Bing Jiang

Investment Manager, Next Capital 


 “I’d love to see more females enter our industry, and I try to take every opportunity to explain to key people in my network why a career in PE is something they should seriously consider.” 


What attracted you to private equity (PE)? 

 I was working for an investment bank in Hong Kong when I decided to pursue a career in private equity. I loved the high energy deal environment prevalent in an investment bank, but I wanted to take on more responsibilities and develop a broader set of skills. I learnt about private equity through working on a number of sponsor-led transactions. As an advisor, your involvement in the business stops when the deal is complete. Whereas, when you’re in private equity, it’s the start of the journey towards building a great business, and at the same time, delivering strong returns for investors.  

We typically invest in businesses over a three to five year period. When you think about it, that’s not an overly long period of time in the lifecycle of most businesses – so that means we have to be very focussed on our strategic objectives of enhancing the business’ platform, improving existing operations, and implementing changes which will underpin the growth of the business not just during our period of ownership, but well into the future. We’re not just looking for incremental improvement – we want to bring about transformational growth which increases earnings many times over. 

I grew up working in my family business and know how hard and how long it takes to improve processes and expand profitably. I wanted to leverage this knowledge and my investment banking skills to become a successful long-term investor in building great businesses.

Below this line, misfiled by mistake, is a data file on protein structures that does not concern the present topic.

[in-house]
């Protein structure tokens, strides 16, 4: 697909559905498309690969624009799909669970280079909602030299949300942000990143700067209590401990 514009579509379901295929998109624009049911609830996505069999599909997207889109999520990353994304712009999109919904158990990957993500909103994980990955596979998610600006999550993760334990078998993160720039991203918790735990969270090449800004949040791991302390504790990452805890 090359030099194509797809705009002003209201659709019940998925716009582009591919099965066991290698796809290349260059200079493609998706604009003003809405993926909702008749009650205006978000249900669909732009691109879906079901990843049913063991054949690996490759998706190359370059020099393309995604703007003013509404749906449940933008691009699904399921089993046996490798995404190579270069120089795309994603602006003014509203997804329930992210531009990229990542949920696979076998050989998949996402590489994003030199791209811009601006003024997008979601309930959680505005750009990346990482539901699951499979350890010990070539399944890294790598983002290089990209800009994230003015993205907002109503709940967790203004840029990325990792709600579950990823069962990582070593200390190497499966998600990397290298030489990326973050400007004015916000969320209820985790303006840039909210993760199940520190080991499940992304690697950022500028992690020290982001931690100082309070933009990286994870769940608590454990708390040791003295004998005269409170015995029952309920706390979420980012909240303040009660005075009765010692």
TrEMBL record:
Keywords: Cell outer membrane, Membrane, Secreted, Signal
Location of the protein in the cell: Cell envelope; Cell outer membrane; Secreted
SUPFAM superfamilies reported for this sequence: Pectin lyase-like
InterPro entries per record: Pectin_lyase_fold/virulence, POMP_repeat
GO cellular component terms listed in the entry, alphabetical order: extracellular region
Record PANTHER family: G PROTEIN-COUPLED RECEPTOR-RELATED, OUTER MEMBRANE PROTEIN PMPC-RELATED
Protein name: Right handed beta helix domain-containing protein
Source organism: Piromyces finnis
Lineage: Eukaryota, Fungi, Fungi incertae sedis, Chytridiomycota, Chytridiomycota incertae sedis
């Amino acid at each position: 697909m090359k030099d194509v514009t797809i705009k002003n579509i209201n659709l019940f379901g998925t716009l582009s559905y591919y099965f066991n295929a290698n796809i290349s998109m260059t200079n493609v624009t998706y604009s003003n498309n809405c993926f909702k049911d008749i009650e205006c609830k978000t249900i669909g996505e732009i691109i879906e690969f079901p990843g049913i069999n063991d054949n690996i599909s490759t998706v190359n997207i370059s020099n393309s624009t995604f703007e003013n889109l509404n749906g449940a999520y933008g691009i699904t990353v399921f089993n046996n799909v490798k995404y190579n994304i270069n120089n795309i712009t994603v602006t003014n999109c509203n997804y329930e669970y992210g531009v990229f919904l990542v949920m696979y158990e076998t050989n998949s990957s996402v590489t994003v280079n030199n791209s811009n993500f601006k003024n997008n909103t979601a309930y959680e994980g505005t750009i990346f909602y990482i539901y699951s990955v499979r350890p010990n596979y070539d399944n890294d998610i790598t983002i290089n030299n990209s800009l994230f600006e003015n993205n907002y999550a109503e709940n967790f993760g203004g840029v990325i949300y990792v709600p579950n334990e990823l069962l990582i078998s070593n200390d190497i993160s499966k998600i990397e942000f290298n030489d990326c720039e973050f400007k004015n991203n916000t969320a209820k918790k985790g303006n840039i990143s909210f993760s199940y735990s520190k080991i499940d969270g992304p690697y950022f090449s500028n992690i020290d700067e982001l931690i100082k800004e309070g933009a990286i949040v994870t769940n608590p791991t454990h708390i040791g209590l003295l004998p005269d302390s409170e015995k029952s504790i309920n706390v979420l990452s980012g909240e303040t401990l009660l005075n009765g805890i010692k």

What is unique about PE as a career path? 

 A career in private equity is really exciting – every single day brings you new challenges which drives your energy and motivation. 

Fundamentally, you are an investor – and that means you are evaluating new investment opportunities to determine whether they have the potential to deliver sustainable long-term returns. You have to weigh-up not just the opportunity, but also take into account the risks. One of the things I find really energising is that you get to meet some amazing entrepreneurs and business founders who come from very diverse backgrounds working across a wide range of industry sectors. 

Once you invest into a business you are a business owner, and you find yourself working with the senior management team to set and implement strategic and operational plans for the business. The role you play is integral – you have to be prepared to back your professional judgement, and to live with the impact of your decisions. 

Another role you take on when you invest into a business is you become a deal-maker for that business by identifying opportunities to grow through bolt-on acquisitions and other market or geographic expansion opportunities. You work with financial and legal advisors to execute transactions, whether it be an acquisition or running an exit process via trade sale or initial public offering on the share market. 

And, while you’re doing all of those things, you are constantly learning and refining your business skills which ultimately helps you to become a better investor. The skills you acquire throughout all of that will serve you really well throughout the rest of your career, irrespective of whether it’s in a private equity context or elsewhere.